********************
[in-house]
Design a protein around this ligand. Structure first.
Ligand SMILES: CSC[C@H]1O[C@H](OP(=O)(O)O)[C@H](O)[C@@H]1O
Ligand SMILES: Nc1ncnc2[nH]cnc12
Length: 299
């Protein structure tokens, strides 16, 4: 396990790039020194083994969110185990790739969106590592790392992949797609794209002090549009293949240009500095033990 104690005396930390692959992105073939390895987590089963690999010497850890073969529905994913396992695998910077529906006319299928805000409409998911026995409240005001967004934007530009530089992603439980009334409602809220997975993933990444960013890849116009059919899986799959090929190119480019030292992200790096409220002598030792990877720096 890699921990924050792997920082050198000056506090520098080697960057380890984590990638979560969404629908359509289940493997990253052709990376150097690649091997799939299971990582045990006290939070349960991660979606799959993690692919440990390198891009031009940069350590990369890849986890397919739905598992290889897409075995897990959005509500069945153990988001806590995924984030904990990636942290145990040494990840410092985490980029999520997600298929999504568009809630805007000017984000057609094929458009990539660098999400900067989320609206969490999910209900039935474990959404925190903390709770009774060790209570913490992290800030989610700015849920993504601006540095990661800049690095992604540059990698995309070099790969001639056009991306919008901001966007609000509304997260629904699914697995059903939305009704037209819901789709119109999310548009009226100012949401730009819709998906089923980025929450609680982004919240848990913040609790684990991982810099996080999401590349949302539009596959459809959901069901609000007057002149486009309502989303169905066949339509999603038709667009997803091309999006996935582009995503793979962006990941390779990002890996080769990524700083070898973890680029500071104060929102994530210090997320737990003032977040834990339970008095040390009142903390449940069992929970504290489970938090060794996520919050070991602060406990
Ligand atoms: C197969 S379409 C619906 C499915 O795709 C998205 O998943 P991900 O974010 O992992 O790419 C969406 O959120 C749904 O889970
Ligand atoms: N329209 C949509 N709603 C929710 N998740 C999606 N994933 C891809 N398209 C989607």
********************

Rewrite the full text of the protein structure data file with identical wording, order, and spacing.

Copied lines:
[in-house]
Design a protein around this ligand. Structure first.
Ligand SMILES: CSC[C@H]1O[C@H](OP(=O)(O)O)[C@H](O)[C@@H]1O
Ligand SMILES: Nc1ncnc2[nH]cnc12
Length: 299
């Protein structure tokens, strides 16, 4: 396990790039020194083994969110185990790739969106590592790392992949797609794209002090549009293949240009500095033990 104690005396930390692959992105073939390895987590089963690999010497850890073969529905994913396992695998910077529906006319299928805000409409998911026995409240005001967004934007530009530089992603439980009334409602809220997975993933990444960013890849116009059919899986799959090929190119480019030292992200790096409220002598030792990877720096 890699921990924050792997920082050198000056506090520098080697960057380890984590990638979560969404629908359509289940493997990253052709990376150097690649091997799939299971990582045990006290939070349960991660979606799959993690692919440990390198891009031009940069350590990369890849986890397919739905598992290889897409075995897990959005509500069945153990988001806590995924984030904990990636942290145990040494990840410092985490980029999520997600298929999504568009809630805007000017984000057609094929458009990539660098999400900067989320609206969490999910209900039935474990959404925190903390709770009774060790209570913490992290800030989610700015849920993504601006540095990661800049690095992604540059990698995309070099790969001639056009991306919008901001966007609000509304997260629904699914697995059903939305009704037209819901789709119109999310548009009226100012949401730009819709998906089923980025929450609680982004919240848990913040609790684990991982810099996080999401590349949302539009596959459809959901069901609000007057002149486009309502989303169905066949339509999603038709667009997803091309999006996935582009995503793979962006990941390779990002890996080769990524700083070898973890680029500071104060929102994530210090997320737990003032977040834990339970008095040390009142903390449940069992929970504290489970938090060794996520919050070991602060406990
Ligand atoms: C197969 S379409 C619906 C499915 O795709 C998205 O998943 P991900 O974010 O992992 O790419 C969406 O959120 C749904 O889970
Ligand atoms: N329209 C949509 N709603 C929710 N998740 C999606 N994933 C891809 N398209 C989607």